Worldwide tobacco consumption provokes over 7 million deaths annually; 600 thousand are caused by exposition to second-hand smoke (passive smokers). In the Americas, its consumption accounts for 18% of the deceases related to noncommunicable diseases and over 80% deaths by lung, bronchi or trachea cancers.
In Mexico, it is estimated that deaths related to tobacco use rise up to 43 thousand people per year (8.4% of total deaths). According to the 2016-2017 National Drug, Alcohol and Tobacco Consumption Survey (ENCODAT 2016-2017), 17.6% of the population aged between 12 to 65 years smoke tobacco, which is equivalent to 14.9 million smokers in the country. Around 6.4% smokes daily, while 11.1% does it occasionally.
Consuming tobacco increases the risk of developing cancer, cardiovascular and pulmonary diseases (such as emphysema or chronic obstructive pulmonary disease, COPD), among others. Concerns about the effects of tobacco on health have led consumers to look for alternatives to its consumption. Seventy four percent (73.6%) of Mexican smokers have considered to stop smoking; over half (56%) have tried in the last year.
In Mexico, 7.8% of smokers have tried to stop smoking using traditional medicine or smoke-free tobacco products, such as e-cigarettes. This trend has been years on the market, and the general opinion is that they are a good alternative to replace tobacco use and avoids their effects on health. Nevertheless, there is no conclusive evidence that e-cigarettes are an effective method to stop smoking, especially in comparison to treatments established for this purpose.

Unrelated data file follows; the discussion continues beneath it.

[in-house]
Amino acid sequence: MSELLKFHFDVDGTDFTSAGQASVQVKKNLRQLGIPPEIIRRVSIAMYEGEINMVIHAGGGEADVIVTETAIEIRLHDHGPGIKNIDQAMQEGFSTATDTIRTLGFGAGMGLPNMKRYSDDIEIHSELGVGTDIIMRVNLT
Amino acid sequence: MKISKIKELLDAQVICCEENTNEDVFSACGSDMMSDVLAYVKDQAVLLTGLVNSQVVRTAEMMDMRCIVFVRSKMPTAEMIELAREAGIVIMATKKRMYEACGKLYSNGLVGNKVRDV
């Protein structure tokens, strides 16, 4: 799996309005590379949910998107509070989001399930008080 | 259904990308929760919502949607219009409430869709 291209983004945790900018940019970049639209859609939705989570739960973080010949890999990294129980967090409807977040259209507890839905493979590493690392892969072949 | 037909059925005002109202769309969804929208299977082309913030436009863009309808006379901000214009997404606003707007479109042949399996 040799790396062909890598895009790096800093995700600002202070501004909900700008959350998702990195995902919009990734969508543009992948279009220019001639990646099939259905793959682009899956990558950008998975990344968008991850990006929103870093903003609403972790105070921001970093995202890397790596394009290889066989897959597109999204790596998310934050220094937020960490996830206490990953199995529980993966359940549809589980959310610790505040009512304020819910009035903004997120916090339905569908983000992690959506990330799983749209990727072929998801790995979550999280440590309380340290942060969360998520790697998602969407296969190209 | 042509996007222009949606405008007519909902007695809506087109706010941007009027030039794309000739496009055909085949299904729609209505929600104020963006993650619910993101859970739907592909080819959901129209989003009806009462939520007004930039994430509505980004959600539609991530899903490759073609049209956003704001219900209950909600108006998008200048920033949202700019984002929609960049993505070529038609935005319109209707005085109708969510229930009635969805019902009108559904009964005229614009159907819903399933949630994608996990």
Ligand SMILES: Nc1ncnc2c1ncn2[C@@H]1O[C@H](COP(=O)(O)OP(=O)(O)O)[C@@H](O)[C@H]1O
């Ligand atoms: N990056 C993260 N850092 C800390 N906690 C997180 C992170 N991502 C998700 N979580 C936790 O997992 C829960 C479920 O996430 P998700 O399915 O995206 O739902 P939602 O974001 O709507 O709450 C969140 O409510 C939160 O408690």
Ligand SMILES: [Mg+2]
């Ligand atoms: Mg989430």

E-cigarettes are devices that work with batteries, through which the consumer inhales a vapor that contains nicotine. This vapor is produced by heating a liquid inside the device, which is then inhaled by the consumer. The only smoke produced is the one by the consumer when exhaling the vapor previously inhaled.
E-cigarettes contain nicotine, main substance of tobacco that causes addiction, as well as flavorings, additives and occasionally metals such as chrome, lead, aluminum, iron and cadmium, which are potentially carcinogen. Negative effects of nicotine are widely documented, although its effects have not been identified when inhaled as a spray. Although the level of nicotine varies depending of the product, its consumption is similar to that of tobacco cigarettes.